Tuesday, November 22, 2016

Dungeness Crab Season & Giveaway!

I’ll admit it. I’m feeling a little bit crabby. Fortunately after a closure last year, this year, crab season has already opened and I can be as crabby as I like! I spoke with Chris Lam the president and CEO of Pucci Foods, a leading seafood distributor, about the season.  How’s the Dungeness crab season looking?  Crab season started out on time, looking promising, Fish and Wildlife have done the testing, and so we are quite excited, especially since it’s traditional for the holidays in the Bay Area.  We have a lot of crabs. This  year we’ve been getting heavy crabs full of meat.  How is the supply, are they sustainable? We have the supply because of sustainable programs. You are only allowed to fish for the males and a minimum size, allowing the females and juveniles to reproduce.  How long will the season last?  Into the first quarter of next year. As areas open up, in Oregon and Washington we will see even more availability after December 1.  How's the p...
Monday, November 21, 2016

East of Jerez Cocktail Recipe

Boozy and bitter. No, I’m not describing anyone in particular, but rather one of my favorite cocktails, the Negroni. The classic recipe for this cocktail is equal parts gin, sweet vermouth and Campari . While a truly perfect cocktail as is, the Negroni also lends itself beautifully to variations.  Lately I’ve become enamored of barrel aged gin, which sounds like a terrible idea but done with restraint, it’s actually terrific. You get the sharper botanicals and citrus notes but with a mellower edge. A good barrel aged gin retains freshness that is so key to gin, but picks up nuances of spice from the barrel. Watershed Distillery takes their Four Peel gin , which contains  lemon, lime, orange and grapefruit peel along with juniper, cinnamon, allspice and coriander, and they age  it in bourbon barrels for at least a year.    On a recent trip to Columbus, Ohio I met Alex Chien, one of the top bartenders in the Midwest and something of a gin aficionado. He’s also the bartender f...
Tuesday, October 25, 2016

Food Writer on a Diet

The beginning of this year I went on a diet. I know! A food writer on a diet, it sounds crazy. But I had gained a lot of weight and it had to be done. My diet is really simple and I’ve lost almost 20 pounds. A number of people have asked me how I did it, so I shared the story on my friend Dianne's blog .  When I'm dining at home, I generally follow The Day Off Diet from Dr. Oz. I do take a day off. Sometimes two days! It just depends on the week and my schedule. If I can order something on my diet at a restaurant I do, if not, I don’t sweat it.  Here’s the diet in a nutshell—Every day I try to eat two servings of complex carbohydrates, two servings of foods high in monounsaturated fatty acids (olives, avocados, nuts or seeds) and six ounces of lean protein a day. I eat all the non-starchy vegetables I want and just a little bit of olive oil.  It’s a fairly low carbohydrate diet, so I eat much smaller portions of pasta but I mix in a ton of vegetables, I eat pure...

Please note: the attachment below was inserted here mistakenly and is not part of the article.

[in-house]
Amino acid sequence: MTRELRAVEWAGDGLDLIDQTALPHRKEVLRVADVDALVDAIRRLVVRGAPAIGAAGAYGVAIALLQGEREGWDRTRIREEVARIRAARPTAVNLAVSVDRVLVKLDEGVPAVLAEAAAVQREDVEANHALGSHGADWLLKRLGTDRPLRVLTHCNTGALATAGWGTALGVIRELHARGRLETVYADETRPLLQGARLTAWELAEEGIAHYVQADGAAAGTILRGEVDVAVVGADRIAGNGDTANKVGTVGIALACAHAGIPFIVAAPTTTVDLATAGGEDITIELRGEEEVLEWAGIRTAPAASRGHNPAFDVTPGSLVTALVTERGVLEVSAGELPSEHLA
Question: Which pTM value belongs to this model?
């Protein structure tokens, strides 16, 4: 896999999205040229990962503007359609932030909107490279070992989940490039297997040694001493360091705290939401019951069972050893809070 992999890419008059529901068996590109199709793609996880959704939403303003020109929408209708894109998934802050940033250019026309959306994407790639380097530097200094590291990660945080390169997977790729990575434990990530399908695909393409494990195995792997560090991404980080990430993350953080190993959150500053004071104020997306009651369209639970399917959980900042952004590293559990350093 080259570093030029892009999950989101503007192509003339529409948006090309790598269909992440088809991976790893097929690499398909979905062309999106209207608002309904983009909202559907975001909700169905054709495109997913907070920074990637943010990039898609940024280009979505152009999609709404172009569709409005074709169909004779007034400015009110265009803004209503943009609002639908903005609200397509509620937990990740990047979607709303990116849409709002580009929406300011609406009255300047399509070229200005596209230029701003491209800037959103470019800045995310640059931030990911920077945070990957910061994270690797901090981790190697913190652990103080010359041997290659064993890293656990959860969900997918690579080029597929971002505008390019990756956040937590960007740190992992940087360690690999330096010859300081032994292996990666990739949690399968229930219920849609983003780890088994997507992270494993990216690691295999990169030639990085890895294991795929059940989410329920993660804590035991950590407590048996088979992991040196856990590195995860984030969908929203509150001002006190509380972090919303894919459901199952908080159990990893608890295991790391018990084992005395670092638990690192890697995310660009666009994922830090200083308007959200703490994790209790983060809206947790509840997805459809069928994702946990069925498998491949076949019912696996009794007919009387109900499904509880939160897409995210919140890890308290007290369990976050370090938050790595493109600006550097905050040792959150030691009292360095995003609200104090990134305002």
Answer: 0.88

Saturday, October 08, 2016

Mushroom & Parmigiano Pasta Recipe #WinePW

Remember the Campbell’s soup jingle, Mm Mm good? That’s kind of how I feel about Merlot. It’s velvety tannins, plum and blackberry flavor and soft character make it easy to enjoy and very popular. It’s one of the “noble grapes” of France or c├ępage noble and is used as a blending grape but also as a single varietal. It's planted all over the world and of course its character varies depending on the region. In France where it's a primary grape in Bordeaux Merlot tends to have more acidity, in Italy it can be lighter and more herbal, in the US it was so lush and delicious it led to a craze in the 90’s and the quality dropped as winemakers scrambled to plant it everywhere. It's still the second leading variety planted in California, just behind Cabernet Sauvignon. Fortunately today it's better than ever. I particularly like Merlot from California and Washington where the best examples combine the fruitiness you expect from a New World wine and yet the structure of an Ol...
Thursday, September 29, 2016

Cocoa Energy Bites Recipe & Giveaway

So I was going to review the dark chocolate coconut GFB Gluten Free Bites I received in the Must Have Box I was sent by Popsugar but I’m sharing a recipe I created of my own version instead. I’ve noticed a lot of healthy products and raw foods use dates as a sweetener. Because I have a food sensitivity to dates and can’t eat them, I sometimes adapt recipes and use prunes in place of dates.  Even if you have no issues with dates, there’s good reason to choose prunes instead. While prunes and dates are about the same in terms of iron, fiber and protein, when it comes to sugar, carbohydrates and calories, prunes are lower. Prunes are also significantly higher in antioxidants including vitamin K and vitamin A.  A  number of studies  show consumption of prunes not only helps prevent osteoporosis but actually reverses bone loss thanks to a combination of bone building calcium, magnesium, phosphorous and copper.  I’ve always loved dried fruit, it’s high in calories so I use it as on...